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Facebook, Google Urge Obama to Reject Encryption 'Back Doors'

In an open letter sent to President Barack Obama on Tuesday, leading tech firms urged against encryption 'back doors.'

In an open letter sent to President Barack Obama on Tuesday, leading tech firms, privacy advocacy groups, and security and policy experts urged against any laws that would require companies to build "back doors" into their software to provide government agencies access to encrypted data. "We urge you to reject any proposal that U.S. companies deliberately weaken the security of their products," the letter said. It was signed by nearly 50 tech companies including Apple, Facebook and Google. Last year, FBI Director James Comey gave a speech warning that "encryption threatens to lead all of us to a very dark place" and argued for tech companies to provide government agencies with the ability to intercept encrypted data, a recommendation echoed in a March speech by NSA director Adm. Michael S. Rogers.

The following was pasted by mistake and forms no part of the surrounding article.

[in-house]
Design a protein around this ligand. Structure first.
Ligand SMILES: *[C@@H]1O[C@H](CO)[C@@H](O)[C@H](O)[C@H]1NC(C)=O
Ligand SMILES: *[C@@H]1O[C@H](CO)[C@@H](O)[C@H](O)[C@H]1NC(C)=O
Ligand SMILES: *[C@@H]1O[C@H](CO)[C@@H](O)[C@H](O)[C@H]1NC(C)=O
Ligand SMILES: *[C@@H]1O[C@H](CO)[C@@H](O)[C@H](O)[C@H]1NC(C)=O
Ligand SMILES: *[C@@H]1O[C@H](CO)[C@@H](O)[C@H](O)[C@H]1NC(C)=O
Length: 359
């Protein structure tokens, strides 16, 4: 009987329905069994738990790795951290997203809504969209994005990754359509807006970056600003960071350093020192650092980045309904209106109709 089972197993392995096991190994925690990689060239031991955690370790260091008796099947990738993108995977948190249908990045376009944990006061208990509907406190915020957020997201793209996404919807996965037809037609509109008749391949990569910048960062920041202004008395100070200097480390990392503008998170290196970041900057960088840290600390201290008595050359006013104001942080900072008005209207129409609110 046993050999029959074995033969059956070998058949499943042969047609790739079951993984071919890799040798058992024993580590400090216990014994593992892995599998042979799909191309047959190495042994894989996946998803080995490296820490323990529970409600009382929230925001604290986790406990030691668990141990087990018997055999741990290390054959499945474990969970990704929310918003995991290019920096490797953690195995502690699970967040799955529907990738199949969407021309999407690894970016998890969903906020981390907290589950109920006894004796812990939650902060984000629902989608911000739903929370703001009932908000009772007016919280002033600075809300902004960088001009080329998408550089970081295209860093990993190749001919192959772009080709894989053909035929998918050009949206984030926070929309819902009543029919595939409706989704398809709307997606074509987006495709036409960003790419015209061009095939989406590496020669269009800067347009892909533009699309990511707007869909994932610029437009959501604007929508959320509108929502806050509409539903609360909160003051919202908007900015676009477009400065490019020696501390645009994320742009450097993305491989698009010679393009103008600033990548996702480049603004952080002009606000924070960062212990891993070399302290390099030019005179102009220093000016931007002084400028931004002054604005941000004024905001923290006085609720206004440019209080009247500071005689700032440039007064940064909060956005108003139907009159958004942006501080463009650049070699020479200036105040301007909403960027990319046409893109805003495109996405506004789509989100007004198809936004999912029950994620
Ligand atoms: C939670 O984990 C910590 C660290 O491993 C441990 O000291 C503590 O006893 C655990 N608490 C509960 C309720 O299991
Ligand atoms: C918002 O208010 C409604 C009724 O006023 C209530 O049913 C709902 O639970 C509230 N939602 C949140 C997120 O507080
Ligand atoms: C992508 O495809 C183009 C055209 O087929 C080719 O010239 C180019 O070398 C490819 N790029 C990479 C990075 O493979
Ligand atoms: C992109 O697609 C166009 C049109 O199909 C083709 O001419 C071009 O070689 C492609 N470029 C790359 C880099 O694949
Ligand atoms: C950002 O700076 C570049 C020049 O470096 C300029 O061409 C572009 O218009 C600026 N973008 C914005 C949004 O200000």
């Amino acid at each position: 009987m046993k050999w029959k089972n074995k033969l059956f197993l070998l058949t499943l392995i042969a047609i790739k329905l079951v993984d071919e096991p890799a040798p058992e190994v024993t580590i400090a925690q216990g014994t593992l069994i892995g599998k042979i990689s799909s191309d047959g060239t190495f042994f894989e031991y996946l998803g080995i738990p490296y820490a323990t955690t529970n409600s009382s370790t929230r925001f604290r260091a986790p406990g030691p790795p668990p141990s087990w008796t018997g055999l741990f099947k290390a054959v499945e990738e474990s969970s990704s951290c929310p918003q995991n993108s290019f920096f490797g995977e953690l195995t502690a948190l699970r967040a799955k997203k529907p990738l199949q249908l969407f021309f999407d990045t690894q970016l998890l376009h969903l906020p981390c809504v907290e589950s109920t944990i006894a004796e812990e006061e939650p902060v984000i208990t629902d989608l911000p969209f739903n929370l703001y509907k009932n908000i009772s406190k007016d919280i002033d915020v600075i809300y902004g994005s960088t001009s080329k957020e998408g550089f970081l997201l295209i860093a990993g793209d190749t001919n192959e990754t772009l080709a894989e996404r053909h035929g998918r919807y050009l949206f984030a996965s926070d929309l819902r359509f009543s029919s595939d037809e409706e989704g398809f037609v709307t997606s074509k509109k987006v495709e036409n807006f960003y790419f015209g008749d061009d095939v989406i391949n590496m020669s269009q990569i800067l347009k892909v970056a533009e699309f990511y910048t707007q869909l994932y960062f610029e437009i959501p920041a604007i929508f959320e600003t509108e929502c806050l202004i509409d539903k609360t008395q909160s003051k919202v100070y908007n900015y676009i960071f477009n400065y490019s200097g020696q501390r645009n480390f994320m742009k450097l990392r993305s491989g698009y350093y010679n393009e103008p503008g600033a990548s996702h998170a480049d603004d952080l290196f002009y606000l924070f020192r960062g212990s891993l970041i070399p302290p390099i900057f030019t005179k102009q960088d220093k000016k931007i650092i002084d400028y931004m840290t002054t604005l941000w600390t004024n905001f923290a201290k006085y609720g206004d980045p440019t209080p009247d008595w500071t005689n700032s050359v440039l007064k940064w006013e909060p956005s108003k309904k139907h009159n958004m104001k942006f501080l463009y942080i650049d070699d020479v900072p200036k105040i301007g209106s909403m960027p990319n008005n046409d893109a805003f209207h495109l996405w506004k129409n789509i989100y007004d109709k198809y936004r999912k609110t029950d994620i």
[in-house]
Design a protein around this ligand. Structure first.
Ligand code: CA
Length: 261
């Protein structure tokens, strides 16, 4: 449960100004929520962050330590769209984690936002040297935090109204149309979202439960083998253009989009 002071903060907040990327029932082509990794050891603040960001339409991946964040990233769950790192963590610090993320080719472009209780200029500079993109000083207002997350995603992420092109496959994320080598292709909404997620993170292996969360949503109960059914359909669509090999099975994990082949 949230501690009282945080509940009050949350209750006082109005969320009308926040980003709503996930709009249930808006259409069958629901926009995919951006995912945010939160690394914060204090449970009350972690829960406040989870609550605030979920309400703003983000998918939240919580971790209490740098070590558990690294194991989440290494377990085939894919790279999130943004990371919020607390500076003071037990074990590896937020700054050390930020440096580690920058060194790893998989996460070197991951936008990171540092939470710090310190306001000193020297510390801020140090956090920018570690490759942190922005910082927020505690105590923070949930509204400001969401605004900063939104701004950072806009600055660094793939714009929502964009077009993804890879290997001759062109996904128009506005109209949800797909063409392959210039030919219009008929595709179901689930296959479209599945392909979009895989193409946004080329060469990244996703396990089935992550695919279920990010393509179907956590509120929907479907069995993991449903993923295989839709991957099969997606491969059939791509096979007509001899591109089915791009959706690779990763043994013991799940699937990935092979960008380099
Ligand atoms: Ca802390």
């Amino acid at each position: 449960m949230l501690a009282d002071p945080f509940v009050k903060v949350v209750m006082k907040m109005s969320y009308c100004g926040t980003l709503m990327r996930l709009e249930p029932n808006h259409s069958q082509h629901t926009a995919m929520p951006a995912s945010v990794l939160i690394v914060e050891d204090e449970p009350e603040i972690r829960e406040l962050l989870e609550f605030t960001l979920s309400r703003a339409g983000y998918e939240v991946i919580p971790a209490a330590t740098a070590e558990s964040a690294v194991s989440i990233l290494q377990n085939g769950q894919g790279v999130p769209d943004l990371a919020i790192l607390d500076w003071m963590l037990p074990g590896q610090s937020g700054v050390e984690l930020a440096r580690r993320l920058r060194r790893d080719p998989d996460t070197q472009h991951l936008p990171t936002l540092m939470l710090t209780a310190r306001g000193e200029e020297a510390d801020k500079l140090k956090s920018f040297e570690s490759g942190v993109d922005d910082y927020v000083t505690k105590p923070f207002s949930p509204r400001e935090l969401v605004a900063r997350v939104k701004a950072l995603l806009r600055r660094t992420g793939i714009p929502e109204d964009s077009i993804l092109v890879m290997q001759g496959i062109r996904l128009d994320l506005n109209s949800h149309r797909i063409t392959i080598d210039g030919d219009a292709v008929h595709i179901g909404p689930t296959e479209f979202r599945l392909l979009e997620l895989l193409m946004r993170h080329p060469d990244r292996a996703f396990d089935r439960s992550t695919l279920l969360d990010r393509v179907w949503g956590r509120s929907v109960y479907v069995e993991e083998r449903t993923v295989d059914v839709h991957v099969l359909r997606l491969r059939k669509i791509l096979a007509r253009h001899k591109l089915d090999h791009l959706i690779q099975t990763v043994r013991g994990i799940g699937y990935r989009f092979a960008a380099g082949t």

The signatories of the letter argued against those measures. "Whether you call them 'front doors' or 'back doors,' introducing intentional vulnerabilities into secure products for the government’s use will make those products less secure against other attackers," the letter said, warning that such measures could give hackers, corporate spies and repressive governments the ability to access encrypted information. "We request that the White House instead focus on developing policies that will promote rather than undermine the wide adoption of strong encryption technology," the letter said. "Such policies will in turn help to promote and protect cybersecurity, economic growth, and human rights, both here and abroad."



— Keith Wagstaff